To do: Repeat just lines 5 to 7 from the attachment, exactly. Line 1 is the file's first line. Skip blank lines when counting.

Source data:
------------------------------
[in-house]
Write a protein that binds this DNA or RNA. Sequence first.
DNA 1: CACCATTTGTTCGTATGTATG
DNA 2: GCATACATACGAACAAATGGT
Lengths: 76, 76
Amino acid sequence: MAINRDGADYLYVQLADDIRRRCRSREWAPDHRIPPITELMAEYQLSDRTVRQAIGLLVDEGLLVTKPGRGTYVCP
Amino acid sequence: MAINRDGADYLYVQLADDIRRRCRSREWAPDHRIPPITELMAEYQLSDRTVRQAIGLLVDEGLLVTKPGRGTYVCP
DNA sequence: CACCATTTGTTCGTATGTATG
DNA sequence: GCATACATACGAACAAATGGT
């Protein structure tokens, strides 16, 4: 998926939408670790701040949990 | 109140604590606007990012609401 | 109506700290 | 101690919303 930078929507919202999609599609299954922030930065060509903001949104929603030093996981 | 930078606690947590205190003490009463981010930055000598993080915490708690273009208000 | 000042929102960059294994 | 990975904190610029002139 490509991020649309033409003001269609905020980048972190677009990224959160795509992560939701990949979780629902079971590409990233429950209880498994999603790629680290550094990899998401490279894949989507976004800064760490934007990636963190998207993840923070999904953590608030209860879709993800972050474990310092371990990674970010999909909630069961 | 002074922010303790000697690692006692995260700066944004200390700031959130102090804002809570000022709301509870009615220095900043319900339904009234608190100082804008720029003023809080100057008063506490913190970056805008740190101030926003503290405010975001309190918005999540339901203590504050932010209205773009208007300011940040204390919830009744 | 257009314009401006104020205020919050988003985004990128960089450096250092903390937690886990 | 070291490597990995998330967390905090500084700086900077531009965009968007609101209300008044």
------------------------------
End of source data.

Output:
Lengths: 76, 76
Amino acid sequence: MAINRDGADYLYVQLADDIRRRCRSREWAPDHRIPPITELMAEYQLSDRTVRQAIGLLVDEGLLVTKPGRGTYVCP
Amino acid sequence: MAINRDGADYLYVQLADDIRRRCRSREWAPDHRIPPITELMAEYQLSDRTVRQAIGLLVDEGLLVTKPGRGTYVCP